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How does Salman Rushdie present magic realism in his novels, especially in Midnight's Children?

Salman Rushdie writes about real-world events blended with mysticism and magical happenings. In Midnight's Children, the protagonist embodies this ideal because he was born right at the time that India and Pakistan were made into independent states and because he's telepathic. By presenting stories this way, Rushdie is able to make reality seem askew while still making it seem real and immediate to the reader.

The events in Midnight's Children mirror the real world. However, the inclusion of the protagonist and his narration constructs the story in such a way that even a person who lived in India during that time would not recognize it. Even though the book's sections chart different real-life occurrences in India, there is a twist to each event that makes it seem unreal or like something not of this world.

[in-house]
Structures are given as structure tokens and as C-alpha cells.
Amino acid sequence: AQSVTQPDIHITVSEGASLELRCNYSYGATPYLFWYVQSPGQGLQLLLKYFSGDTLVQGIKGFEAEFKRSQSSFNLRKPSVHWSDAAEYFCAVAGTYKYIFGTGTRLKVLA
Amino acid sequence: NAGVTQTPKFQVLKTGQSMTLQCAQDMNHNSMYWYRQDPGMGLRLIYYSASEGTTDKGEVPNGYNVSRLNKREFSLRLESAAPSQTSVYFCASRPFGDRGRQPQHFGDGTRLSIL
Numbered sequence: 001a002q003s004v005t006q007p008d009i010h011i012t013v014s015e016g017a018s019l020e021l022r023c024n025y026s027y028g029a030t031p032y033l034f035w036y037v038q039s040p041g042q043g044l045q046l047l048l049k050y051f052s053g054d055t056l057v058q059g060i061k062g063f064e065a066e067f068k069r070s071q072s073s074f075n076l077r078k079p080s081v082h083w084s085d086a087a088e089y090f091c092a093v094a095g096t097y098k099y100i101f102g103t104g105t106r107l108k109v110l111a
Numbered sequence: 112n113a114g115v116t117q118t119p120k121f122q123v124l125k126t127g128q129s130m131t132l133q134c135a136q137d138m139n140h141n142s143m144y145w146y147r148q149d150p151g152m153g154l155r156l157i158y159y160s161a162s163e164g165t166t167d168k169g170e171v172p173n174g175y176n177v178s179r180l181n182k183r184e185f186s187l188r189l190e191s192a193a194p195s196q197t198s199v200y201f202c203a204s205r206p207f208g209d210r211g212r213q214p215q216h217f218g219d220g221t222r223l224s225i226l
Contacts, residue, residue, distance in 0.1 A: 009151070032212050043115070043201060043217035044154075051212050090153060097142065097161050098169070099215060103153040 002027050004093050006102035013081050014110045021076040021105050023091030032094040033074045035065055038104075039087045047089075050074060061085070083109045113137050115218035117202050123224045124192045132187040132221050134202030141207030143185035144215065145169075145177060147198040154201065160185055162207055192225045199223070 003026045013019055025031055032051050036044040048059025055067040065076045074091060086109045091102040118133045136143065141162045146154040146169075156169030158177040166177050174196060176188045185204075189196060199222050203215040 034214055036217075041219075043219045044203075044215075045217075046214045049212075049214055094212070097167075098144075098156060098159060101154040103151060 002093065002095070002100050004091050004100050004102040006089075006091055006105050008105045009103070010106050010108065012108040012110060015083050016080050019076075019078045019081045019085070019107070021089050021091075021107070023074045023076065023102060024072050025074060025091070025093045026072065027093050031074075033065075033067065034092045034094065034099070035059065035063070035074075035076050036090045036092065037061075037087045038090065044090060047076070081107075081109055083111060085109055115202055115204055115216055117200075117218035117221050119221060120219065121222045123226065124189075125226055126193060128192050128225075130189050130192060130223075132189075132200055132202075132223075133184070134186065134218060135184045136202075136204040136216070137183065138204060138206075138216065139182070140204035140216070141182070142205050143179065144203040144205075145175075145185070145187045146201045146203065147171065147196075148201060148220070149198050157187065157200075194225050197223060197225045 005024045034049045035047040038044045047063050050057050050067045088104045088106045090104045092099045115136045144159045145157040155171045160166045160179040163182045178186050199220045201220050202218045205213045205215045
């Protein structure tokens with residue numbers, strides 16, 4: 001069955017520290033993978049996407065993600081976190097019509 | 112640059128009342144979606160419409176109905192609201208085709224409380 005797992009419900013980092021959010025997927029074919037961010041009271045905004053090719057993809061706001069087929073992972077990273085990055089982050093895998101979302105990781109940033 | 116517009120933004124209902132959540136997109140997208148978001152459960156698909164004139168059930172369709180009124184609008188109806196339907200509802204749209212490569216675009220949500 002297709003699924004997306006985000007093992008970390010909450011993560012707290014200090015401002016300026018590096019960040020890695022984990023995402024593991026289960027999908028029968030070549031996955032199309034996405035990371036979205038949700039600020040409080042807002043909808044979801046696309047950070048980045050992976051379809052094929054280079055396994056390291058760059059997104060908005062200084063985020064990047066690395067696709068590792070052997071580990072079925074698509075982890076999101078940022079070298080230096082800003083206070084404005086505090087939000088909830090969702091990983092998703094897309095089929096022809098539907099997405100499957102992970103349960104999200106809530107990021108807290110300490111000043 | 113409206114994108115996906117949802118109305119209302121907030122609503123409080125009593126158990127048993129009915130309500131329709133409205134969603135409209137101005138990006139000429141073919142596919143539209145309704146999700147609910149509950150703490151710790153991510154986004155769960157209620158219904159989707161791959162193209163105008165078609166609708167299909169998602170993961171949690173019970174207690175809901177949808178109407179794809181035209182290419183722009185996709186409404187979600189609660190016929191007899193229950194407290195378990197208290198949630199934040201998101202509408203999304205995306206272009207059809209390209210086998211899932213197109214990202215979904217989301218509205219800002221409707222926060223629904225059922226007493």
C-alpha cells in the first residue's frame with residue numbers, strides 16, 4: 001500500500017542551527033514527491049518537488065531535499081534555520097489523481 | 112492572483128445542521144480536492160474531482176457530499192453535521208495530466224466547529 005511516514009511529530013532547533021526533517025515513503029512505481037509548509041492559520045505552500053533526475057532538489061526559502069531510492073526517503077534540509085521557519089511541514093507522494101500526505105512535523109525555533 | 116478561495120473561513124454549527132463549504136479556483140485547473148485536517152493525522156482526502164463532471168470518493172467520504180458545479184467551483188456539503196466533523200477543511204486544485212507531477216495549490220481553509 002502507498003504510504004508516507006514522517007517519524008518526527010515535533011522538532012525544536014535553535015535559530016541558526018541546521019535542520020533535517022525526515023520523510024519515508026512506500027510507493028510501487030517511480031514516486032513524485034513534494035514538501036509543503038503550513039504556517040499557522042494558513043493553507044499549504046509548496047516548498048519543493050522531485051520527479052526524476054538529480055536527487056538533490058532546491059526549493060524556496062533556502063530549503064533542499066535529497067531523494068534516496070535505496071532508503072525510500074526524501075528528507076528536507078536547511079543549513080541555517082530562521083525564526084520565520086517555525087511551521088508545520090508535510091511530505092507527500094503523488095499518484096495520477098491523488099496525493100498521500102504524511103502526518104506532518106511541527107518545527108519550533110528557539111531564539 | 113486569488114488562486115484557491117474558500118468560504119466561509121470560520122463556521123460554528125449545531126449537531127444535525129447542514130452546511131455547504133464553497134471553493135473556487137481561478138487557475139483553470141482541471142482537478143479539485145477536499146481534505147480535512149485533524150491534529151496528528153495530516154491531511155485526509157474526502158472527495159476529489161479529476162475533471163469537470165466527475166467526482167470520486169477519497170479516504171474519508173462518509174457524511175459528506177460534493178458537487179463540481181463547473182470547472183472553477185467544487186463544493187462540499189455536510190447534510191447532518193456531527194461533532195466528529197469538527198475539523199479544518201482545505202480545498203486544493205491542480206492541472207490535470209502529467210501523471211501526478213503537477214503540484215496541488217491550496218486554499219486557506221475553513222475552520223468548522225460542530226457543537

The narrator, Saleem, is born at the moment that India becomes independent; in total, 1000 children were born at that moment. All of their lives are guided by the fate of India. This is an example of magical realism. Even though the setting and historical events are real; the idea that children born at that moment are mystically linked to India makes the story fantastic. This convention makes the story something other than a retelling of historical events. This is one way in which Rushdie presents magical realism.